As I suspected, it's going to be quite a challenge to continue writing this blog and attempting to make it relevant to those reading a waterways site. Living as we do on the east coast of the North Island of New Zealand, it feels very remote from the canals and rivers of Britain. However the experiences we had during those six months have changed our whole perspective on life, and it's still quite challenging to 'settle' back into how life was pre-Northern Pride. In fact I don't think it will ever be the same again ...
Here's a shot of where we live in Gisborne, just to show you the difference in homes here compared to UK:
All the land you see is part of our 'section' which is what kiwi's call their garden or plot of land attached to their house. We're very lucky and it's really not a great hardship to be back here for the New Zealand summer!
But I digress; onto topics of a watery nature ...
One of our favourite places that we visited on the canals was Manchester and surrounding areas. We'd had a lovely weekend with Lisa and travelled south east from Wigan on the Bridgewater canal. Barry knew we'd be going over the Barton aqueduct which crosses the Manchester Ship Canal, and was so excited when we arrived and the gates were closed and the aqueduct was swung open. And how fortuitous it was that we were the first narrowboat to arrive and subsequently got to spend almost two hours watching events unfold. The tank of water that pivots around the central point over the canal holds 800 tons of water! Amazing!
The canal journey into Manchester on the Ashton canal was very pleasant as we'd previously experienced some less attractive routes into other major cities. We'd been informed by many boaters that stopping in Manchester wasn't recommended, but if we were feeling brave and bold to moor up only at Castlefield. We experienced no scary encounters at all during our three nights in the city and would recommend it to anyone.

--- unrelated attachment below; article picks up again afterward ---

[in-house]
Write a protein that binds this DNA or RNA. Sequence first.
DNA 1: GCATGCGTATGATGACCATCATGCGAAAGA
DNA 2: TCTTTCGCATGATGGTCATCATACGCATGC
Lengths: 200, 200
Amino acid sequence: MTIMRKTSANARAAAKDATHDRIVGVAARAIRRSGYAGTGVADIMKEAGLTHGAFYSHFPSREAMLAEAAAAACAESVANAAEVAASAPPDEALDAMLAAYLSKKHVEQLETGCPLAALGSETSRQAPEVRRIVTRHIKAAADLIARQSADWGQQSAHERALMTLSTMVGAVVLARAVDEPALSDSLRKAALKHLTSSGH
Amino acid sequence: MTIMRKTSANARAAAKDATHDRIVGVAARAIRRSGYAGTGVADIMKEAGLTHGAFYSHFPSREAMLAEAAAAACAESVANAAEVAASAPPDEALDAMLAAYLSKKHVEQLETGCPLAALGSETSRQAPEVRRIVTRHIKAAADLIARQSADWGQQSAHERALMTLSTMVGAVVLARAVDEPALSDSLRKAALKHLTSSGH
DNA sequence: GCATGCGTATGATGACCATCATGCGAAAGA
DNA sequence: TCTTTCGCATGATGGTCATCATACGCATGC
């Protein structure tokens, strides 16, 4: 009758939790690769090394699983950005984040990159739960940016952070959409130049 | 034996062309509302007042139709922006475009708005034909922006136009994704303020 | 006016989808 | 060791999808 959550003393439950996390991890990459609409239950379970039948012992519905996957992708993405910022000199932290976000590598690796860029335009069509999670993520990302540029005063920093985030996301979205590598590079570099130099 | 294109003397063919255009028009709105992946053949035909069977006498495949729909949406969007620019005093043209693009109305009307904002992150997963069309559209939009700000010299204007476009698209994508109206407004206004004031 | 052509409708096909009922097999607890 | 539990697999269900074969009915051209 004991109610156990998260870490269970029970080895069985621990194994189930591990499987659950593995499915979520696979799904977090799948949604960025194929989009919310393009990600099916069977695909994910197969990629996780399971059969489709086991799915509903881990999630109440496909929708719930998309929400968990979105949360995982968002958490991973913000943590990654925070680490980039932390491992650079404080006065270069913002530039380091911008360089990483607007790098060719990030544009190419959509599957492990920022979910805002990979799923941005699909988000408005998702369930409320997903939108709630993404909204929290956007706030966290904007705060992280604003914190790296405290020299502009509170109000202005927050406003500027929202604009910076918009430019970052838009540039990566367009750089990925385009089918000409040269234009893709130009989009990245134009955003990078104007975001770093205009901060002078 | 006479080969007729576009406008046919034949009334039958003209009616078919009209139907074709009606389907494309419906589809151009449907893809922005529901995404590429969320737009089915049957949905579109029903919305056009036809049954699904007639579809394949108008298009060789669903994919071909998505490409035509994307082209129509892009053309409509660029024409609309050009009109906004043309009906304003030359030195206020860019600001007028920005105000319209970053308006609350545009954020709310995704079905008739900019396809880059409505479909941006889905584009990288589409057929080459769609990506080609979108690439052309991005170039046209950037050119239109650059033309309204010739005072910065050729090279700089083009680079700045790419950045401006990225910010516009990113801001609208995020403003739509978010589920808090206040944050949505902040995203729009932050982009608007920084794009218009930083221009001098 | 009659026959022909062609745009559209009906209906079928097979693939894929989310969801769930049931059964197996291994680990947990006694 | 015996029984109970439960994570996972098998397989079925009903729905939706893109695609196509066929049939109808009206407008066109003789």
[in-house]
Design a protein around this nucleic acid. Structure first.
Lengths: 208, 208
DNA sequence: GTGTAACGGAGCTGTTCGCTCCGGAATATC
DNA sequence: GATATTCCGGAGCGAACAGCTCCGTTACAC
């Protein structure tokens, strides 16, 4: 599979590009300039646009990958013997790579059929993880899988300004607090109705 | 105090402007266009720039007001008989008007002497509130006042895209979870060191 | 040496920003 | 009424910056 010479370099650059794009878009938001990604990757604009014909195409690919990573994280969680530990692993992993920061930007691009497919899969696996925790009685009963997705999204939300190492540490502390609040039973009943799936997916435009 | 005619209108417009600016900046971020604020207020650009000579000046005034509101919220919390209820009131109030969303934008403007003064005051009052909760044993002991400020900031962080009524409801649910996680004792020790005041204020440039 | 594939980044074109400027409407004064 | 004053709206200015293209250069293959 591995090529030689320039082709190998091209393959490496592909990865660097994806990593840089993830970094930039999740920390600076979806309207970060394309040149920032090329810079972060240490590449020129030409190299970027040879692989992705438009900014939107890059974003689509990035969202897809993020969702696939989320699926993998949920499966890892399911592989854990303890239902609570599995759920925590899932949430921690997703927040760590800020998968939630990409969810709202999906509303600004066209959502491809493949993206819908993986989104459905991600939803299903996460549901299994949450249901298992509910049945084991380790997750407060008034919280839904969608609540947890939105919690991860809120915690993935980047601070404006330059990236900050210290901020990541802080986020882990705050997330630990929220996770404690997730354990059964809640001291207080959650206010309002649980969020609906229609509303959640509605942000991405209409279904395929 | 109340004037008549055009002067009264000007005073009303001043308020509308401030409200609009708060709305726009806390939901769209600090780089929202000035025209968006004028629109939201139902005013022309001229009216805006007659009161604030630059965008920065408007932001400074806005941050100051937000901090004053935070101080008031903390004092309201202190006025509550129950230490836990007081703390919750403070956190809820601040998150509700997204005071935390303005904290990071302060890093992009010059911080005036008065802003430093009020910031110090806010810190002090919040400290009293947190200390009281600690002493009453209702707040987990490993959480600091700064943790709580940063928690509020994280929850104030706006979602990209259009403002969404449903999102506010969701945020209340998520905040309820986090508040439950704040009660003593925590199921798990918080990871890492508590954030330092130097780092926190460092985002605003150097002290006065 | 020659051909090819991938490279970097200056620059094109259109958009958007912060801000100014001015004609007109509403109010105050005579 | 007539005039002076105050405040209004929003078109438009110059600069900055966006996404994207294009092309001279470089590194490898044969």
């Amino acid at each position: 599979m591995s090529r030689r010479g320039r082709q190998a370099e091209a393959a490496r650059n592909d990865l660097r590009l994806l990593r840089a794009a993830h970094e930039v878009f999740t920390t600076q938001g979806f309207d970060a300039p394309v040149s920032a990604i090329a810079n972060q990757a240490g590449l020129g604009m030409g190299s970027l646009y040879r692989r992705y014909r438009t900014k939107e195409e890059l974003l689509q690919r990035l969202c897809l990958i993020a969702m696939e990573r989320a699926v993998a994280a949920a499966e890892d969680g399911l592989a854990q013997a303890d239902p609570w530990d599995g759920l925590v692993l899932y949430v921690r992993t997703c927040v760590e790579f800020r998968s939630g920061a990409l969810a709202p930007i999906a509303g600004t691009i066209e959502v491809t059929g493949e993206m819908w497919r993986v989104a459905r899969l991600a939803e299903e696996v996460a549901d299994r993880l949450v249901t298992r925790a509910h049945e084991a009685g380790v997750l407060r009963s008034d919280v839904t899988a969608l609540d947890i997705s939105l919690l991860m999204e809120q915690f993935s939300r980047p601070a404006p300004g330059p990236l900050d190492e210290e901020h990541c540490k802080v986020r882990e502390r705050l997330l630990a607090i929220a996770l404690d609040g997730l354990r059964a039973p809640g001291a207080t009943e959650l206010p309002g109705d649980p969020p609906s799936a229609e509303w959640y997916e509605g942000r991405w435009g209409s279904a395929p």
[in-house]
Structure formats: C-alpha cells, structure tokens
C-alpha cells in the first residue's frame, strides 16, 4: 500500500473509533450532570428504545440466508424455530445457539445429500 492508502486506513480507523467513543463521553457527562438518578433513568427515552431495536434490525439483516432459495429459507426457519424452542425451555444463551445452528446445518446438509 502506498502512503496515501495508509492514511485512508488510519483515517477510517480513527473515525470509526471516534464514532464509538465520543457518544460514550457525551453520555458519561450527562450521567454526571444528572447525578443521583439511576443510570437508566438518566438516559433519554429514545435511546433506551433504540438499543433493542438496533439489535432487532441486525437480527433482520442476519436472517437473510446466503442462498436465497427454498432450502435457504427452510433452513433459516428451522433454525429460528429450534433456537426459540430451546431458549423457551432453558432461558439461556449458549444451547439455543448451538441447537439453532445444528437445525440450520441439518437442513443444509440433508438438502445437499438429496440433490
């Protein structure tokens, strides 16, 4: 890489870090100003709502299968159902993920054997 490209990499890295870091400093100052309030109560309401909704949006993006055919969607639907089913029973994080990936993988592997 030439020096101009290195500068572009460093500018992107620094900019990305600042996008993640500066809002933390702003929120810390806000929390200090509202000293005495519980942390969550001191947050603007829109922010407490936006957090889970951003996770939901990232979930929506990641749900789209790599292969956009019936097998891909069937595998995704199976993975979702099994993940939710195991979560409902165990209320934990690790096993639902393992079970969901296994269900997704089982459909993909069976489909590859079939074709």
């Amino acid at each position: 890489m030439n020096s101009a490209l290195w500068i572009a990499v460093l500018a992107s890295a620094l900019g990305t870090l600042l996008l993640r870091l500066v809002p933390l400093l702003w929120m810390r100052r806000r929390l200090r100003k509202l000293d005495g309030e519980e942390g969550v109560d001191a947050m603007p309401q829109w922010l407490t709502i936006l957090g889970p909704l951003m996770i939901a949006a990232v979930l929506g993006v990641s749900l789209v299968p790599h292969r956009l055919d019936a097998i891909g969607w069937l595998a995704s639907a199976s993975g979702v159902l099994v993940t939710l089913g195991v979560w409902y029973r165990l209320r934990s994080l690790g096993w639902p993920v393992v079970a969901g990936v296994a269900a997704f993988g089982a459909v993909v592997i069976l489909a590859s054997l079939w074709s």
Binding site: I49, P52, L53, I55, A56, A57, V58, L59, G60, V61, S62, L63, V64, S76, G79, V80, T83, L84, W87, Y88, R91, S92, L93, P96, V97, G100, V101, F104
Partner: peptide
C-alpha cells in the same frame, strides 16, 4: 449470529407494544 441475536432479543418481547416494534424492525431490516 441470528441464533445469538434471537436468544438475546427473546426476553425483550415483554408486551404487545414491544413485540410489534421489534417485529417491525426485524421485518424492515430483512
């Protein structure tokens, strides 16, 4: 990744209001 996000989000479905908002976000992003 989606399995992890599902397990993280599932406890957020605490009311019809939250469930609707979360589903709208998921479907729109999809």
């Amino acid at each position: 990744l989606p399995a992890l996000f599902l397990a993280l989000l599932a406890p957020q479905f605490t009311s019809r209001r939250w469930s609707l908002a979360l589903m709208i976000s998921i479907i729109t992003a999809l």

Salford Quays was amazing and we really should have spent more time there - if only we'd got out of bed earlier on the Friday morning! As I missed the Lowry exhibition, Barry bought me two Lowry prints and a book (The Lowry Lexicon) for my recent 50th birthday - 'Gentleman looking at something' as this one was painted in 1959 (we have it up in the boat), the year of my birth, and a larger print called 'Northern River Scene' which depicts the mills of the north along with many people walking along the river. We'll get that one framed and put up at home.
A highlight of the weekend was the Manchester Pride Parade - we loved being a part of it and all the colourful people involved, what a fabulous atmosphere, extremely enjoyable.
Leaving Manchester on the Sunday, I don't think we quite realised what a long day lay ahead, it was certainly a hard day's graft! Luckily we were able to share some of the locks with another boat which helped. Since we've been back in Gisborne, a few people have commented that they thought we'd have put weight on rather than lost it or stayed the same - it seems that folks have a mistaken impression that life on a narrowboat is all about cruising along gently, feet up, sipping cocktails and reading books! Whilst the lifestyle is indeed idyllic (and maybe the experience of hire boaters doing a week or two is different to living aboard?), it's not due to lying around but to having fun and making the most of every day and every experience along the way, working hard to move through locks and swing bridges and keeping the boat ship-shape!
Ah well, onto planning wedding number two and we've been to see the venue for the reception which is the surf club at Wainui Beach. Just to make you all envious, here's the scene last Thursday evening around 7pm ...